PIC Experimenter's Board Manual
The PIC Experimenter's Board is a complete prototyping platform for the 16F8X, 16C55X, 16C62X, 16C7X and 16C8X family of 18-pin PIC microcontrollers. Its 168-point solderless connection area allows for quick and easy access to all Port A (RA0-RA4) and Port B (RB0-RB7) I/O lines. It includes an integrated 16x2 serial LCD display (optional backlight), which can be easily connected with one wire to any I/O line (or external source).
The board can be powered by either a 9V battery or a AC/DC transformer. The power switch in the upper-right turns the board on and off (the power LED will light). The board also includes a reset button, for resetting the microcontroller. The LCD has its own power switch, located directly above the LCD. If your LCD is backlit, the backlight switch is located above the LCD power switch (note that using the backlight increases current draw, and therefore will drain a battery quicker). The prototyping area is laid out like a typical solderless breadboard. For those who have not dabbled in electronics we will describe the proto-typing section on the PIC Experimenters board and wire a simple LED project. The proto-typing are is located at the lower left corner of the PIC Experimenters Board, see figure 1.
There is an open 18-pin socket to hold the microcontroller being developed. The proto-typing area is similar in design and function to solderless breadboards; see Figure 2.
You can breadboard (assemble and connect) electronic components and electronic circuits into the proto-typing area without soldering. The proto-typing area is reusable; you can change, modify or remove circuit components at any time. This makes it easy to correct any wiring errors. A cutaway of the prototyping area is shown in Figure 3.
The square holes shown in the area are sockets. When a wire or pin is inserted into a hole, it makes electrical contact with the underlying metal strip. The holes are spaced so that integrated circuits and many other components can be plugged right in.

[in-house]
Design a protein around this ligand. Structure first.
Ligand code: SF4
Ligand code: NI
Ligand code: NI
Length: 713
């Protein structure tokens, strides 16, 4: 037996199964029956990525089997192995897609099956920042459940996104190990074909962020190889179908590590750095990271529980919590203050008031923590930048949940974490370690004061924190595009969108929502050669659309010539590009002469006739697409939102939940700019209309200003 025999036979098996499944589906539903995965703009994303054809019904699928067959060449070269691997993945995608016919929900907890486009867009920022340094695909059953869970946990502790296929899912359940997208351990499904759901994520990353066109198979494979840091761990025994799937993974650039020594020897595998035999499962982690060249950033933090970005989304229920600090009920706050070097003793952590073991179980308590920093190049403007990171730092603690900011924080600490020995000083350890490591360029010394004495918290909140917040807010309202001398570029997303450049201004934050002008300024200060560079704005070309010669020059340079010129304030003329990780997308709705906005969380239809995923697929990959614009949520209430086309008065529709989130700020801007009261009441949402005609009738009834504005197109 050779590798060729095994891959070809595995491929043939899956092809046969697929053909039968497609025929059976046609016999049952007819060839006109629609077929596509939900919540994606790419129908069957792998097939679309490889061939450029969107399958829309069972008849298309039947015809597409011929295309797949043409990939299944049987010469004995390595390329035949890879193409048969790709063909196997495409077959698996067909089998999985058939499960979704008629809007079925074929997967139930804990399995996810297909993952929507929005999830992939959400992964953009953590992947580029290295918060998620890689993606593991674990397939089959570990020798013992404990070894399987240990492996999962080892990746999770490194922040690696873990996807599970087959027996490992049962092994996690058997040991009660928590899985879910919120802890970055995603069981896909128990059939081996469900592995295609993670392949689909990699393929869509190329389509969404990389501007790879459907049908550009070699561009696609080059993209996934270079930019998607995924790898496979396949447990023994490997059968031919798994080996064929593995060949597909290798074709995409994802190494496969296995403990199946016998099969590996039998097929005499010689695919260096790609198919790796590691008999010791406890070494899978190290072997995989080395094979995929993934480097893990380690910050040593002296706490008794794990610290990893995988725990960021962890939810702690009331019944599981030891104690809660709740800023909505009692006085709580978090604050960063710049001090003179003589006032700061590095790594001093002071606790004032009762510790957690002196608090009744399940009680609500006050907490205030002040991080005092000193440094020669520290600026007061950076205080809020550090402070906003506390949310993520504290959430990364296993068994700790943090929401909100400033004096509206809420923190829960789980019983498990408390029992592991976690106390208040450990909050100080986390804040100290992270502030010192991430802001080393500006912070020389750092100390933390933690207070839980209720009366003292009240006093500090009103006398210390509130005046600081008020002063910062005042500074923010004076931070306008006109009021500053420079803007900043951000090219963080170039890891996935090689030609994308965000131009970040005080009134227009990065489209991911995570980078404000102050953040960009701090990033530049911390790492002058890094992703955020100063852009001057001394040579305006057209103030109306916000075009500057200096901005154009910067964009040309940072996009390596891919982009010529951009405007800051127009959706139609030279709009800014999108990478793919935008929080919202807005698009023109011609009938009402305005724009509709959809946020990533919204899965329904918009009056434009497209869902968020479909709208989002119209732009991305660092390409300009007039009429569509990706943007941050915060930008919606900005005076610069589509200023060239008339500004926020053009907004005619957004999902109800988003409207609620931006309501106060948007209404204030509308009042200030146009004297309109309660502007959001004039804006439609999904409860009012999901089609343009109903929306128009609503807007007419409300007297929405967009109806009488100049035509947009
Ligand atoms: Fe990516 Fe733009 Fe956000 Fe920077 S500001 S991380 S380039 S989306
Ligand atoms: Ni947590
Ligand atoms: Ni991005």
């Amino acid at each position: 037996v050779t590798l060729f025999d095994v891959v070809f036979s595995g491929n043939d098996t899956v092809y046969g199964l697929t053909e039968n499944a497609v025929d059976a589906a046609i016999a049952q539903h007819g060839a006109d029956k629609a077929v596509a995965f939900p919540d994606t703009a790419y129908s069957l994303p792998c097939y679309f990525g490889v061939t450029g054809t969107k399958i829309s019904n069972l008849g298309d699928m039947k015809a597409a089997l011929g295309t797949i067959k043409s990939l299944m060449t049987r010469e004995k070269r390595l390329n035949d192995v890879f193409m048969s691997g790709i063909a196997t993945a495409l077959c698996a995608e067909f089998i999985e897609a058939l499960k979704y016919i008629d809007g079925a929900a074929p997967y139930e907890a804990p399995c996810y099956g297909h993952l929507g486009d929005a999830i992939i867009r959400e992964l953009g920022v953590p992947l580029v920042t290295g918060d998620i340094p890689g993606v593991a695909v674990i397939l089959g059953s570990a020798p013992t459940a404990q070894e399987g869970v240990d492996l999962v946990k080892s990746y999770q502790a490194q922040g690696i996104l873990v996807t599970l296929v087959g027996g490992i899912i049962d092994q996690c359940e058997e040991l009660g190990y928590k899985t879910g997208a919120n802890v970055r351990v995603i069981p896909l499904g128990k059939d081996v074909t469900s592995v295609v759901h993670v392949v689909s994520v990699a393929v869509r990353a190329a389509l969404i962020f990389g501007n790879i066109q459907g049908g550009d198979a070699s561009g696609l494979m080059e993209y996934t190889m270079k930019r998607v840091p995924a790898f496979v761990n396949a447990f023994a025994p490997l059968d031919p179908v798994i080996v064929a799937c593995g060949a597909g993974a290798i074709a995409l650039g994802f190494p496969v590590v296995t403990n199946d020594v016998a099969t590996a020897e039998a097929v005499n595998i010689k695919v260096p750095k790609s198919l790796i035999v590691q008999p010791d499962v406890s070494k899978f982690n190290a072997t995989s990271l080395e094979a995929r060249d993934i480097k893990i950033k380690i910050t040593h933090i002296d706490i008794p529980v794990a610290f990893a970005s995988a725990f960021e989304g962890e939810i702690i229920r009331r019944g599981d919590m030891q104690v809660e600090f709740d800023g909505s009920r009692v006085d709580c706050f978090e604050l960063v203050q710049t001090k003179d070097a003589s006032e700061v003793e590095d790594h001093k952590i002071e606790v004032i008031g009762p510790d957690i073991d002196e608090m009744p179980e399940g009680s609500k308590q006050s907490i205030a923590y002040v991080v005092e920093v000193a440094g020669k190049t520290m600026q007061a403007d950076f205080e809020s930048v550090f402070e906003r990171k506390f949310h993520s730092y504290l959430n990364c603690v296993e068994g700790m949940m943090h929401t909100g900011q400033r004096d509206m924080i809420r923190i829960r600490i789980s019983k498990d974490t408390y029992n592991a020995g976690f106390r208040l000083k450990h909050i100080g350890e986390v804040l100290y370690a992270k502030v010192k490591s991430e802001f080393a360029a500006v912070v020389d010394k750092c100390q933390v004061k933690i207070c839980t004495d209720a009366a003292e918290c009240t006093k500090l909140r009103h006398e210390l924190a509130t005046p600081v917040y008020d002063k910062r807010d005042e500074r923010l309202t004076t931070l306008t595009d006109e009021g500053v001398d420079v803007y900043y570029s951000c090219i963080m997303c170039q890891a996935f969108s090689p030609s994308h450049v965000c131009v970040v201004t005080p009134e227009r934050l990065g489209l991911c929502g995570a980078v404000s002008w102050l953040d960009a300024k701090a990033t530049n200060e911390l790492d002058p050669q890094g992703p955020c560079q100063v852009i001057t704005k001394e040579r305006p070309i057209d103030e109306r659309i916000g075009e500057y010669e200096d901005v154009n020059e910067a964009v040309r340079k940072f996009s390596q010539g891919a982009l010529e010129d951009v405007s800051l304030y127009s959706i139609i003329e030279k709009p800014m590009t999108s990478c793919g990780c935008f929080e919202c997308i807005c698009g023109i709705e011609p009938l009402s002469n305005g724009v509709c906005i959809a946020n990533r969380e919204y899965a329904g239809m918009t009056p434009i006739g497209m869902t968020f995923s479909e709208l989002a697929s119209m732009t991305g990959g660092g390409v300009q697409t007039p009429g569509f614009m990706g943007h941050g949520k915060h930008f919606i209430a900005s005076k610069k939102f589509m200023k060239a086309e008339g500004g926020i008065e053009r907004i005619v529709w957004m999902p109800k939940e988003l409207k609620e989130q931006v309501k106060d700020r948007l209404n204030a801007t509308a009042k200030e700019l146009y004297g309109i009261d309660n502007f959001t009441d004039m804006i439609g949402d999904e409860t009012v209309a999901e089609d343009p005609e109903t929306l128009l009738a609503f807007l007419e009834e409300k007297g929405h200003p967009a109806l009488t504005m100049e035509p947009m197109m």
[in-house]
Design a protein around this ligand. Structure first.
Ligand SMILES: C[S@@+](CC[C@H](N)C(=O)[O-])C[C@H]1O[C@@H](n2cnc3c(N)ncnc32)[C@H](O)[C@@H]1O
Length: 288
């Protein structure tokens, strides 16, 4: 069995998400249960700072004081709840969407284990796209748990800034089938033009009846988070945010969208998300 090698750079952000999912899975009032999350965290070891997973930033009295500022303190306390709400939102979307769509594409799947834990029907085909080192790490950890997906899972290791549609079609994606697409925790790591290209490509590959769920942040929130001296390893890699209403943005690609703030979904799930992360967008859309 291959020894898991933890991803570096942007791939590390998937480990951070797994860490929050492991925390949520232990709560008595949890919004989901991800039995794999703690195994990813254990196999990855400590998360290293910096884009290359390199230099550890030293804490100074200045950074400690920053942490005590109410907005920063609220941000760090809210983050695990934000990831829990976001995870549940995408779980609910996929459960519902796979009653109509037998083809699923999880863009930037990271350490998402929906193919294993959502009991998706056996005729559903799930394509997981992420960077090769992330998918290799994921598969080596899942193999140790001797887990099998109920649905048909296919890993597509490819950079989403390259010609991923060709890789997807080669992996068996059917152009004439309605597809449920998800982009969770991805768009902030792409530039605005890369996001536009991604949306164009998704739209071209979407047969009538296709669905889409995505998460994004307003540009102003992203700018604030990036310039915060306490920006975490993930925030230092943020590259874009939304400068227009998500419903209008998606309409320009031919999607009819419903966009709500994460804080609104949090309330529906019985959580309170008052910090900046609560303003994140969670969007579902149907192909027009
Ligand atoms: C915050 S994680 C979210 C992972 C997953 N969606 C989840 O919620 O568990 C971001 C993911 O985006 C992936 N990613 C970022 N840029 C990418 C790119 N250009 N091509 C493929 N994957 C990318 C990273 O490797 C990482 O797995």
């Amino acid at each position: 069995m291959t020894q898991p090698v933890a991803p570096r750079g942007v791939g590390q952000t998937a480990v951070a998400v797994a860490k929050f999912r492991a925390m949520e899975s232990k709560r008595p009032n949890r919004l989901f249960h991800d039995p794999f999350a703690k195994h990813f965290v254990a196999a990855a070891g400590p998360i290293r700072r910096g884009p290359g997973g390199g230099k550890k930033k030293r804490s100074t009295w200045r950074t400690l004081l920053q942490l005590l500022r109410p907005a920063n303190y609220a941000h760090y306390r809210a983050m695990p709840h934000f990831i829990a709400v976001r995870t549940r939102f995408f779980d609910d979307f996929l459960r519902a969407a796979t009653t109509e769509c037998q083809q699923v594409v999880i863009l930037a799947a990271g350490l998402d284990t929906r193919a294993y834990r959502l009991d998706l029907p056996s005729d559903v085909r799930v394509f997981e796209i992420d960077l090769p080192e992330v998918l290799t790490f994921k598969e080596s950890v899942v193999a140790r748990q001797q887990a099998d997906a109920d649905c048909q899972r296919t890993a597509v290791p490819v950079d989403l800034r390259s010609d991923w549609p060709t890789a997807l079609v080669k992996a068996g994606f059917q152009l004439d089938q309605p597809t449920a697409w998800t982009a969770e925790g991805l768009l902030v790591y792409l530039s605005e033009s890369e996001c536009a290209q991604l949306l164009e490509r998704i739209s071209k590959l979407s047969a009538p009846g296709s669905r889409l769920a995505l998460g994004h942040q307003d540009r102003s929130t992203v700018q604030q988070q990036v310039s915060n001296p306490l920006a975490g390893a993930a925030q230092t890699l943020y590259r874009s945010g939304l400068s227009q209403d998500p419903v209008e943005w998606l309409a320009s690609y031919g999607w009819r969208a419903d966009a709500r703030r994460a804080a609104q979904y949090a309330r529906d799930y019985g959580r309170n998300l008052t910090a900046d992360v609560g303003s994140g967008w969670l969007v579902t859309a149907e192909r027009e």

The internal electrical connection structure of the proto-typing area is shown in Figure 4 (lower left).
Figure 5 (lower right) shows the prototyping area broken up into banks. The banks make it easier to identify different sections in the prototyping area.
Looking at Figure 5, to the right, we see at the top of the proto-typing area, the columns of Bank 1 are labeled with the pins assignments from the 16F84. These columns are directly connected to those microcontroller pins. Connecting a wire or device to any of the three sockets in a particular column is electrically connecting that wire or device to that I/O pin of the 16F84. Bank 2 provides fourteen individual four-socket columns. The four sockets aligned in each individual column are electrically connected. The individual columns are separate electrically from one another. Bank 3 is the same as Bank 2. The last row labeled GND (ground) is electrically connected across the entire row. There are an additional three ground sockets at the top of bank 1. A +5V power is available from a 4-socket column adjacent to bank 1.
We shall wire a simple experiment to illustrate the usage of the experimenters proto-typing area; blinking an LED. The following is a small PICBasic Program and PICBasic Pro Program to blink an LED on PIN RB1.
start: High 1
PICBasic Pro Program
start: High PortB.1
The complete schematic for this experiment is shown in Figure 6. Aside from a programmed 16F84 we only need two other components; a 470-ohm ¼ watt resistor and a sub-miniature LED. All the other components needed to make the 16F84 work are already hardwired on the PIC Experimenters Board.
The LED has two terminals, one longer than the other. On the schematic it is shown as a diode. The longer terminal on the LED is positive, shown in the legend of figure 7.
To wire this circuit, connect one lead of the ¼ watt resistor into one of the RB1 sockets. Connect the other lead of the ¼ watt resistor into a socket in Bank 2.
Take the positive lead of the LED and plug it into a socket in the same column as the one containing the resistor lead. Connect the opposite lead of the LED and plug it into one of the ground sockets at the bottom, see figure 7.
Plug the programmed 16F84 microcontroller into the 18 pin socket on the PIC Experimenters Board and turn on the power. The LED should begin blinking on for ¼ second then off for a ¼ second. This on-off cycle (blinking) continually repeats.